“You are so brave.”
That was one of the first things we were told at our pre-departure orientation some four months ago. More than a few eyebrows were raised and looks were shared among our small, fledgling group. It was the first opportunity for the Assistant Language Teachers on the JET Programme leaving from my area to meet in-person due to ongoing restrictions, and we were hungry for information about our upcoming placements. Don’t get me wrong, the speaker was excellent – a seasoned JET who shared timely advice to guide us through the first steps of our new adventure – but being told our decision to come to Japan to teach English one and a half years into a global pandemic was brave? My thoughts started racing. As we sat in our socially distanced seats, masks firmly in place and overheating from the lack of air conditioning, I started to wonder if waiting an extra year had been long enough. Perhaps things will be back to normal by 2022? Surely by 2023, the stars will align, and we’ll all be able to go about our business as if 2020 didn’t really happen…?
But it was too late for these what-ifs and maybes. By this point, I had fully committed. I had already handed in my notice, ended my lease, sold my car, said my goodbyes to my family, and celebrated with my friends – there could be no cold feet now. We were finally getting into Japan, and that meant we were willingly agreeing to go through a rigmarole of extra steps to get here – including a 15-day stint in hotel quarantine.
I had heard horror stories of quarantine experiences from those back home – entire apartment buildings locked down, sometimes waiting days for essential supplies. Unsuspecting backpackers confined to their hostel rooms, police officers patrolling outside. Even stories of those who had gotten fed up with their time inside and planned daring and dangerous escapes – think ropes made of bedsheets and parkour down fire escapes. Needless to say, I was a little nervous. What was the experience going to be like for us?
I think the foresight of knowing what was coming helped. Those leaving at the same time as me shared tips and advice over Discord, and we jokingly suggested ideas for a “Quarantine Bingo” card. I made sure to pack the essentials to keep me going – tea, coffee, and my favourite snacks from home, plus my Switch (and Ring Fit Adventure!). I thought back to those whose lives had been temporarily uprooted, suddenly finding themselves in their own quarantine situations, and was grateful I had time to prepare. The last few weeks were a mad rush of cleaning, packing, and saying goodbye. We had (more) paperwork to fill out (in triplicate!), a $250 PCR test, and a 5:40 AM flight ahead of us. It was really happening.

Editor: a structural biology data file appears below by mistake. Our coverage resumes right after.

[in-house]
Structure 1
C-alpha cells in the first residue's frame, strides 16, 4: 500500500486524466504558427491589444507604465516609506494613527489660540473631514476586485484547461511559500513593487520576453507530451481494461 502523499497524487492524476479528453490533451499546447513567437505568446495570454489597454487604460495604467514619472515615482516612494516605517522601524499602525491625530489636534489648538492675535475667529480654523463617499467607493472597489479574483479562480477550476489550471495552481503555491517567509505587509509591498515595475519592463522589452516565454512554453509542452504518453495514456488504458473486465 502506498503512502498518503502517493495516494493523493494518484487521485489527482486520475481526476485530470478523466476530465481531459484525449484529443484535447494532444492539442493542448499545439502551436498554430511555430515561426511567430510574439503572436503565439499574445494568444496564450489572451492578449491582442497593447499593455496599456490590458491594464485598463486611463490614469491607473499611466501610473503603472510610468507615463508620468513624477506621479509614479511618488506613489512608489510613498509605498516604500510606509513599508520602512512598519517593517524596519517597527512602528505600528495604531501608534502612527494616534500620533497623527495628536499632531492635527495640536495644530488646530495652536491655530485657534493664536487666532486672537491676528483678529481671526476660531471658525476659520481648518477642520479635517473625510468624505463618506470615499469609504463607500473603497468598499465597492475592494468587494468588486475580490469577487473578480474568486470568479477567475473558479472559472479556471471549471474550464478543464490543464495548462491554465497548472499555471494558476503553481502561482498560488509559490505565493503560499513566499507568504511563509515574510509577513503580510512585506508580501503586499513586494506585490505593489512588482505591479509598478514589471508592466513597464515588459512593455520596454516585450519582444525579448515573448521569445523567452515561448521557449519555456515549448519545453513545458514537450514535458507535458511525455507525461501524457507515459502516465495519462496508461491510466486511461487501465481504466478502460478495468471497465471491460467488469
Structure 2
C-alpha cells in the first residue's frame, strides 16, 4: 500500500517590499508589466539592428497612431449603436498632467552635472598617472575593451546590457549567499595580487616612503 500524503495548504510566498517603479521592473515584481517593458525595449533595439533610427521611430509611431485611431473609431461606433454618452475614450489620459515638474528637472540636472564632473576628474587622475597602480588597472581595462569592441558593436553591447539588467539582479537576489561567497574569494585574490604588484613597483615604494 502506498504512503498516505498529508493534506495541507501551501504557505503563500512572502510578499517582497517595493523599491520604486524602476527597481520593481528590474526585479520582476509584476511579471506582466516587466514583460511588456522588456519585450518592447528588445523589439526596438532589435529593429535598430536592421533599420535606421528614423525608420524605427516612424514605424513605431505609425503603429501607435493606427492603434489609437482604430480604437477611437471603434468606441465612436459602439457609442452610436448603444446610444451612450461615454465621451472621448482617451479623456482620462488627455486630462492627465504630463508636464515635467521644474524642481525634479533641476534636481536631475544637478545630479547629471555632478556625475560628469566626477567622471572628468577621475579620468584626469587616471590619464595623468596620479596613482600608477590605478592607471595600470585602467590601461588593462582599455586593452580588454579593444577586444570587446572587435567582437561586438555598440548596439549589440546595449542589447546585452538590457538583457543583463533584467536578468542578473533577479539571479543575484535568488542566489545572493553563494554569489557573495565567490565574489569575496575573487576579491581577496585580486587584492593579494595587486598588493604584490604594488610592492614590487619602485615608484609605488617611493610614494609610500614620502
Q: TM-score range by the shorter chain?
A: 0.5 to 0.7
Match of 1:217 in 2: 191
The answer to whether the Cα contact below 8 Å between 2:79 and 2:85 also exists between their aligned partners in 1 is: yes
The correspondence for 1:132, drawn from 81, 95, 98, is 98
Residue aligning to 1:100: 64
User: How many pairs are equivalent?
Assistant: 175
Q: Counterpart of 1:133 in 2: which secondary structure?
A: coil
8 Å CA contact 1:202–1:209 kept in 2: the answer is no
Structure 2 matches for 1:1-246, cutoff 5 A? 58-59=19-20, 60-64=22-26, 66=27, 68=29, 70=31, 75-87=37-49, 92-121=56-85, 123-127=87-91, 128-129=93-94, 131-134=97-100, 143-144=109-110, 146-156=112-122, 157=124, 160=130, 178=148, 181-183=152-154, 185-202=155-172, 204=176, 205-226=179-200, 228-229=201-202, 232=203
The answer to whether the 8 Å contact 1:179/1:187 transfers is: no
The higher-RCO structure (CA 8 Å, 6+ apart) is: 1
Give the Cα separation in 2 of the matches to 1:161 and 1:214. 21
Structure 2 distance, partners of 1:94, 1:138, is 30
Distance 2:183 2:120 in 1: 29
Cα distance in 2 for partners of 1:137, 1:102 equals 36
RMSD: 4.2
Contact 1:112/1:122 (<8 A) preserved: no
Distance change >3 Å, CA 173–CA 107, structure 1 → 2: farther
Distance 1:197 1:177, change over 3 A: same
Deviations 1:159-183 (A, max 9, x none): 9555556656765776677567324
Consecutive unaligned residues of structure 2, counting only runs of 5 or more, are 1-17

After arriving at Haneda airport, we spent the next five hours handing in paperwork, doing a saliva test and waiting for results, clearing immigration and customs, and taking a private bus to Shinjuku. We had made it to our new home for the foreseeable future. It wasn’t too shabby, either – a four-star hotel, with views to boot. I called my humble room “The Spa”, and made sure to work in some self-care time around British Council Zoom calls and staring at the workers washing the windows of the next building over. Bath salts? Check. Face masks? Check. A cheeky chuuhai or two, fresh from the JET kiosk? Check, check, check.
The self-care time was important, but (at the risk of sounding corny) it was our JET family that really kept me going. The first day, the Discord was abuzz. Were you Mt. Fuji side or Sky Tree side? What time could you go to the kiosk? How about laundry day? And is anyone ordering room service tonight? We slowly figured things out and got used to our routines. There was the sense of euphoria from bumping into someone near the lifts. The excited waves and nods in the line for the kiosk or temperature check. The sound of the doorbell announcing that someone has left you their unwanted tea or juice. And the flurry of messages when people heard the rustling of bags outside their door – what would our next meal be? (Dear god, not the balsamic chicken – ANYTHING but the balsamic chicken.)
To say that time passed quickly wouldn’t be entirely accurate. Some days passed quickly, and others seemed to drag on forever. But, as all things do, eventually our strange time trapped together came to an end. Finally, the elevator would take us past the third floor. Stepping into the hotel lobby, I felt like Bambi taking his first steps. Am I making too much eye contact? Am I speaking too loudly? Or not loudly enough? My voice sounded strange to my ears. It took me a while to get used to hearing it again.
Perhaps the hardest part of all came after our quarantine. We were readjusting back into society, but it wasn’t the same society that we had left.
Our hotel bubble had burst, and we were suddenly thrust into a new world that seemed brighter, louder, more beautiful, and exciting because of it. Fast forward to the present, and we’ve all gone our separate ways. Despite this, our JET families are growing as we slowly meet those who came before us and welcome those who come after. But I won’t forget those who came with me on my journey. They gave me the courage to be brave.